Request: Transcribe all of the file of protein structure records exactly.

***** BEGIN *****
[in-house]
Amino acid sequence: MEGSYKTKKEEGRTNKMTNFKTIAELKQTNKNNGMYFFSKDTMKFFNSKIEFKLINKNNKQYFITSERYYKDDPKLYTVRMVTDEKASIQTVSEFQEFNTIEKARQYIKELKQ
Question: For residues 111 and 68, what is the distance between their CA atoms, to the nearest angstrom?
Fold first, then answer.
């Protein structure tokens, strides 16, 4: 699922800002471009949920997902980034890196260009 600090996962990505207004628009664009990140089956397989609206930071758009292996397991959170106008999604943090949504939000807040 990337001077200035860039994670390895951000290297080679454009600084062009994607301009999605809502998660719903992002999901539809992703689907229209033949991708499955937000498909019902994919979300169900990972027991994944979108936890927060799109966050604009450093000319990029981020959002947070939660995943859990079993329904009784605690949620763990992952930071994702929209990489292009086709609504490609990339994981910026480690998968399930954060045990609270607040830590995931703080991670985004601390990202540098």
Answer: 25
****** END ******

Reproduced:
[in-house]
Amino acid sequence: MEGSYKTKKEEGRTNKMTNFKTIAELKQTNKNNGMYFFSKDTMKFFNSKIEFKLINKNNKQYFITSERYYKDDPKLYTVRMVTDEKASIQTVSEFQEFNTIEKARQYIKELKQ
Question: For residues 111 and 68, what is the distance between their CA atoms, to the nearest angstrom?
Fold first, then answer.
């Protein structure tokens, strides 16, 4: 699922800002471009949920997902980034890196260009 600090996962990505207004628009664009990140089956397989609206930071758009292996397991959170106008999604943090949504939000807040 990337001077200035860039994670390895951000290297080679454009600084062009994607301009999605809502998660719903992002999901539809992703689907229209033949991708499955937000498909019902994919979300169900990972027991994944979108936890927060799109966050604009450093000319990029981020959002947070939660995943859990079993329904009784605690949620763990992952930071994702929209990489292009086709609504490609990339994981910026480690998968399930954060045990609270607040830590995931703080991670985004601390990202540098």
Answer: 25